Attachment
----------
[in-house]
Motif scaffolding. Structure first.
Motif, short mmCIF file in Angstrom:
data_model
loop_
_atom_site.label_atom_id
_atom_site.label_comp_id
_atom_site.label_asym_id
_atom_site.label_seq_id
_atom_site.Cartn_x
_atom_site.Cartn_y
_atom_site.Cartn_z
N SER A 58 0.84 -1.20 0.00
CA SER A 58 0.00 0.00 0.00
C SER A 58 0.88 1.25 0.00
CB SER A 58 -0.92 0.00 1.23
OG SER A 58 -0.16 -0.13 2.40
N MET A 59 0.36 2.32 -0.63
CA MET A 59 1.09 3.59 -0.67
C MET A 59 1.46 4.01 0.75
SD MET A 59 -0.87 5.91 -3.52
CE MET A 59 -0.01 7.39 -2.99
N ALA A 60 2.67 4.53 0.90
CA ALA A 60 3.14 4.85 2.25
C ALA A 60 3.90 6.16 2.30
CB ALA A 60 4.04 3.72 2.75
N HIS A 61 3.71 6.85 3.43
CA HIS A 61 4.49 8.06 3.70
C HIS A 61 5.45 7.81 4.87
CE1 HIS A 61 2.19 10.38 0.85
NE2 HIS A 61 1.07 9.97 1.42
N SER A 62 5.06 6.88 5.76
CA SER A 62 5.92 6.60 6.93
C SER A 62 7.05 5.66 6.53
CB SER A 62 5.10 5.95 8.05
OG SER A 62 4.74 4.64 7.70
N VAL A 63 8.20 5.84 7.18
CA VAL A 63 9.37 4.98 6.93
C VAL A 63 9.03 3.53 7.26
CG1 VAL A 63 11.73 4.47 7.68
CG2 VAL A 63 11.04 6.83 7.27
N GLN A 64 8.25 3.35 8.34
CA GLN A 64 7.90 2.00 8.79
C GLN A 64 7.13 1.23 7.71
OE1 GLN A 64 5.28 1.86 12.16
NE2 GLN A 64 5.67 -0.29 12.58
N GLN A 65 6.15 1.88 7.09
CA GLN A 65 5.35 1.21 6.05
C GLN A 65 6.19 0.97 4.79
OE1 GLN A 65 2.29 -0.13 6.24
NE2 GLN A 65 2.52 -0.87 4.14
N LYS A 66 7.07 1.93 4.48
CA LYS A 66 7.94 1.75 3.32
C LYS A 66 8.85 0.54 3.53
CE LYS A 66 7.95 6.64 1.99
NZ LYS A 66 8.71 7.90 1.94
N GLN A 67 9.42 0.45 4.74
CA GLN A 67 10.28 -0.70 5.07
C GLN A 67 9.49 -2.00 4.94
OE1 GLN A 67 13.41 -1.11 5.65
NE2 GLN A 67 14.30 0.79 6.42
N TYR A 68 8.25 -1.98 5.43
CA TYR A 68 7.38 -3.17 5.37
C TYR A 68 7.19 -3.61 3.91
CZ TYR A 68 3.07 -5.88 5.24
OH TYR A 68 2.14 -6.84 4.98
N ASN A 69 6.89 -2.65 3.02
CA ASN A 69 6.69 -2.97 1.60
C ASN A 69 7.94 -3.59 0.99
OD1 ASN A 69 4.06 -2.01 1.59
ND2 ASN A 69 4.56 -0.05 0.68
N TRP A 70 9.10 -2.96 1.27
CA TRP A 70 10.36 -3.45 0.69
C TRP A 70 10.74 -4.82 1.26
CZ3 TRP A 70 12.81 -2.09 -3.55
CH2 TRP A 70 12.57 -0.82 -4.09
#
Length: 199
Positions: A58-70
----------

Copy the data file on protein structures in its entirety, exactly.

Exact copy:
[in-house]
Motif scaffolding. Structure first.
Motif, short mmCIF file in Angstrom:
data_model
loop_
_atom_site.label_atom_id
_atom_site.label_comp_id
_atom_site.label_asym_id
_atom_site.label_seq_id
_atom_site.Cartn_x
_atom_site.Cartn_y
_atom_site.Cartn_z
N SER A 58 0.84 -1.20 0.00
CA SER A 58 0.00 0.00 0.00
C SER A 58 0.88 1.25 0.00
CB SER A 58 -0.92 0.00 1.23
OG SER A 58 -0.16 -0.13 2.40
N MET A 59 0.36 2.32 -0.63
CA MET A 59 1.09 3.59 -0.67
C MET A 59 1.46 4.01 0.75
SD MET A 59 -0.87 5.91 -3.52
CE MET A 59 -0.01 7.39 -2.99
N ALA A 60 2.67 4.53 0.90
CA ALA A 60 3.14 4.85 2.25
C ALA A 60 3.90 6.16 2.30
CB ALA A 60 4.04 3.72 2.75
N HIS A 61 3.71 6.85 3.43
CA HIS A 61 4.49 8.06 3.70
C HIS A 61 5.45 7.81 4.87
CE1 HIS A 61 2.19 10.38 0.85
NE2 HIS A 61 1.07 9.97 1.42
N SER A 62 5.06 6.88 5.76
CA SER A 62 5.92 6.60 6.93
C SER A 62 7.05 5.66 6.53
CB SER A 62 5.10 5.95 8.05
OG SER A 62 4.74 4.64 7.70
N VAL A 63 8.20 5.84 7.18
CA VAL A 63 9.37 4.98 6.93
C VAL A 63 9.03 3.53 7.26
CG1 VAL A 63 11.73 4.47 7.68
CG2 VAL A 63 11.04 6.83 7.27
N GLN A 64 8.25 3.35 8.34
CA GLN A 64 7.90 2.00 8.79
C GLN A 64 7.13 1.23 7.71
OE1 GLN A 64 5.28 1.86 12.16
NE2 GLN A 64 5.67 -0.29 12.58
N GLN A 65 6.15 1.88 7.09
CA GLN A 65 5.35 1.21 6.05
C GLN A 65 6.19 0.97 4.79
OE1 GLN A 65 2.29 -0.13 6.24
NE2 GLN A 65 2.52 -0.87 4.14
N LYS A 66 7.07 1.93 4.48
CA LYS A 66 7.94 1.75 3.32
C LYS A 66 8.85 0.54 3.53
CE LYS A 66 7.95 6.64 1.99
NZ LYS A 66 8.71 7.90 1.94
N GLN A 67 9.42 0.45 4.74
CA GLN A 67 10.28 -0.70 5.07
C GLN A 67 9.49 -2.00 4.94
OE1 GLN A 67 13.41 -1.11 5.65
NE2 GLN A 67 14.30 0.79 6.42
N TYR A 68 8.25 -1.98 5.43
CA TYR A 68 7.38 -3.17 5.37
C TYR A 68 7.19 -3.61 3.91
CZ TYR A 68 3.07 -5.88 5.24
OH TYR A 68 2.14 -6.84 4.98
N ASN A 69 6.89 -2.65 3.02
CA ASN A 69 6.69 -2.97 1.60
C ASN A 69 7.94 -3.59 0.99
OD1 ASN A 69 4.06 -2.01 1.59
ND2 ASN A 69 4.56 -0.05 0.68
N TRP A 70 9.10 -2.96 1.27
CA TRP A 70 10.36 -3.45 0.69
C TRP A 70 10.74 -4.82 1.26
CZ3 TRP A 70 12.81 -2.09 -3.55
CH2 TRP A 70 12.57 -0.82 -4.09
#
Length: 199
Positions: A58-70